19th February 2019 Sandra Bird

The First Moon and the Lantern Festival

The Year of the Pig is well underway and with that extra little bit of daylight being so much more noticeable in the last few days I feel more motivated, more energetic, and more convinced that Spring is almost here.

The end of the 15 days celebrating the Chinese New Year culminates today with the Lantern Festival. As the name suggests, the streets are festooned with lanterns and families go outside to admire the first Full Moon of the year, which coincides with the festival. It seems we are all drawn to the light and fascinated by the Moon.

I’ve been reading my favourite book about all things Lunar and Tao and the following words taken from the entry for today are rather special, I think. I hope you find them enlightening too (excuse the pun)…

“The night, stars, and full moon bring the next day.
The red lantern in your hand lights the Way.”

“Lighting a fire was one of the first things that primitive people learned to do. Until people found a way to light the darkness, they could do little once the sun went down. After they learned to light fires, people could cook and work at night.
Now entire cities blaze throughout the night, and some places, like airports, are never dark. We have an excess of light. We are able to turn lights on instantly, and all our computers and media devices operate on light. We are surrounded by light – yet we rarely stop and really appreciate it or absorb what it means to us.
So once in a while, perhaps on this night, turn out all the lights, or go out into the wilderness where there is no artificial light, and consider what it would mean to live in a world that is dark after the sun goes down, where there is no other light but the Milky Way and the moon. Take time to absorb some of the magic that the stars and the moon give to us, the magic that is so often lost in our own blaze of lamps and flashing images. Feel the darkness. Feel the earth moving beneath you. Gaze up at the stars that fired the imagination of your ancestors. In that darkness, in that quiet, you can hear your heart beat and your breath move.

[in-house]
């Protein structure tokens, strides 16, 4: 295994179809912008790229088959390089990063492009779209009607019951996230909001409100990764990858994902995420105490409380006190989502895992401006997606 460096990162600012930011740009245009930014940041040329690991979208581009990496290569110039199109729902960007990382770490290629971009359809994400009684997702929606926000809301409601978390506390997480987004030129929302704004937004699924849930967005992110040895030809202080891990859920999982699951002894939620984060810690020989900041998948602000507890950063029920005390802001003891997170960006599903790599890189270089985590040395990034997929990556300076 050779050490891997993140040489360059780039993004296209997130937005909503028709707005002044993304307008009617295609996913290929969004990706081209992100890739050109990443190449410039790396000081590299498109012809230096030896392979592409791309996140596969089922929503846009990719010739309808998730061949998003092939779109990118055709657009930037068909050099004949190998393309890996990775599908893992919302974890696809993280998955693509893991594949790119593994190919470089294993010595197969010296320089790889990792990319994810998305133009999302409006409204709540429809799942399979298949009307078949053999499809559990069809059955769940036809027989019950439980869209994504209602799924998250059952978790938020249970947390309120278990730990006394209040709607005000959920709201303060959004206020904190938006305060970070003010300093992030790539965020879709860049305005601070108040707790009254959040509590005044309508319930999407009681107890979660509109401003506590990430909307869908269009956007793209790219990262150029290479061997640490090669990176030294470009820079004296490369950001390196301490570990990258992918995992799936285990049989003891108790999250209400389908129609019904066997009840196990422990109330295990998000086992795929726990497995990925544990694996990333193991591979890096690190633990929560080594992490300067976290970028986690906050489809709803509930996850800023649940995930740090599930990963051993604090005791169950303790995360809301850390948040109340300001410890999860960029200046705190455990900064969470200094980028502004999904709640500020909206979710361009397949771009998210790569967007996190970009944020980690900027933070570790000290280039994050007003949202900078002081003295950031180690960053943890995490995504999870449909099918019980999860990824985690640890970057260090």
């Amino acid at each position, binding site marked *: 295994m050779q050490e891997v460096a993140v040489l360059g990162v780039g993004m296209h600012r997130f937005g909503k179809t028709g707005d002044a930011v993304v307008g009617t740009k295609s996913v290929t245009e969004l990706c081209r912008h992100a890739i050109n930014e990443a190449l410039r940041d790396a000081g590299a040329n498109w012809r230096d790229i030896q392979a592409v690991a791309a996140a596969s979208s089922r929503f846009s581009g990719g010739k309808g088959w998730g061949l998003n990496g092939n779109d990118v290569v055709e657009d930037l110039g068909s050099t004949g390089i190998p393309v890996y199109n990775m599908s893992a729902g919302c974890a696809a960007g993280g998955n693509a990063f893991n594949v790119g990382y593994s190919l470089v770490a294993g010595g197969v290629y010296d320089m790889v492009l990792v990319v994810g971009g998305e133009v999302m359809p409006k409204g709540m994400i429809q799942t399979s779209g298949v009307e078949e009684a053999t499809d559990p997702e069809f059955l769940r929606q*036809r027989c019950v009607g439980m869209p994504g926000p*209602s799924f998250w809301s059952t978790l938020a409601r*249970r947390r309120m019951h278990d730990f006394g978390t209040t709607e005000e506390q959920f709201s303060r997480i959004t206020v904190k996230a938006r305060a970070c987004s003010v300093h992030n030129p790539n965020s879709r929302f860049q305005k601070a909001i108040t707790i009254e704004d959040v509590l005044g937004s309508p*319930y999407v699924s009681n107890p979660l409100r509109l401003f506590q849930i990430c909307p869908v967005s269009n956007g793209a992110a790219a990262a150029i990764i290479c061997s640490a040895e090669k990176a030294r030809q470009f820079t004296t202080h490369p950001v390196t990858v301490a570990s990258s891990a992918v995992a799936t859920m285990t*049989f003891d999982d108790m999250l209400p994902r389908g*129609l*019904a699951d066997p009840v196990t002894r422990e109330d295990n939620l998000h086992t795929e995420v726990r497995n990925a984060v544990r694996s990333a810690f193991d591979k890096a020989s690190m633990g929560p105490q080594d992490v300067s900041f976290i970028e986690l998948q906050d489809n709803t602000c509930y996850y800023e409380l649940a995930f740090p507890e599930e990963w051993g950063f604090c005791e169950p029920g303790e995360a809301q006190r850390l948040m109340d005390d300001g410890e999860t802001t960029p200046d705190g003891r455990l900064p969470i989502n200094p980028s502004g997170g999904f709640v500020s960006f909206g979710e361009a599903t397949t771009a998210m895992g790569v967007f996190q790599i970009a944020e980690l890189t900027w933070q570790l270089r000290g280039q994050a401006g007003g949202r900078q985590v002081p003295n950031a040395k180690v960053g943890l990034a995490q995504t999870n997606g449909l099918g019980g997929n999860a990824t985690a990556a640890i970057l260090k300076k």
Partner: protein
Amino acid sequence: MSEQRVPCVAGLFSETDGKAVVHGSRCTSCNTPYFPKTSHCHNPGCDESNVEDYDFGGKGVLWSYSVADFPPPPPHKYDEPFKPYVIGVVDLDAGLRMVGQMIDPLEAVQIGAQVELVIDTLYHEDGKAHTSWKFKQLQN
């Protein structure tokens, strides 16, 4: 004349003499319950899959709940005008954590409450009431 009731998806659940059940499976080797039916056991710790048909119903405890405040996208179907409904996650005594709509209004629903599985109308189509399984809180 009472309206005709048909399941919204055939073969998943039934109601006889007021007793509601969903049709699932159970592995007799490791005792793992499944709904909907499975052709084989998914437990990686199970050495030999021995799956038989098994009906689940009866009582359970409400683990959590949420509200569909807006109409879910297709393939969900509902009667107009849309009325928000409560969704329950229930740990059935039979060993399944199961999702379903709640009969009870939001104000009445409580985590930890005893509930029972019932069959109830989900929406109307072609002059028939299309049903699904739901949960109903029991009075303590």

After you let time pass leisurely, light one lantern – that lantern that welcomes the spirits, that is brave in the darkness, that welcomes people home. That light is the beginning of the human. It also represents spirituality: enlightenment.
Then put that lantern out again. Consider what it’s like. Look within. Perhaps you can see the glow of your own inner light, and realise that you are the lantern.”

You can read more about the customs and traditions of the Lantern Festival by clicking here, and if you’ve not yet read what Lillian Pearl Bridges of the Lotus Institute predicts for the Year of the Pig it’s not too late. You can do that by clicking here.

And, of course, I hope you get to do some moon gazing and lantern appreciation soon too!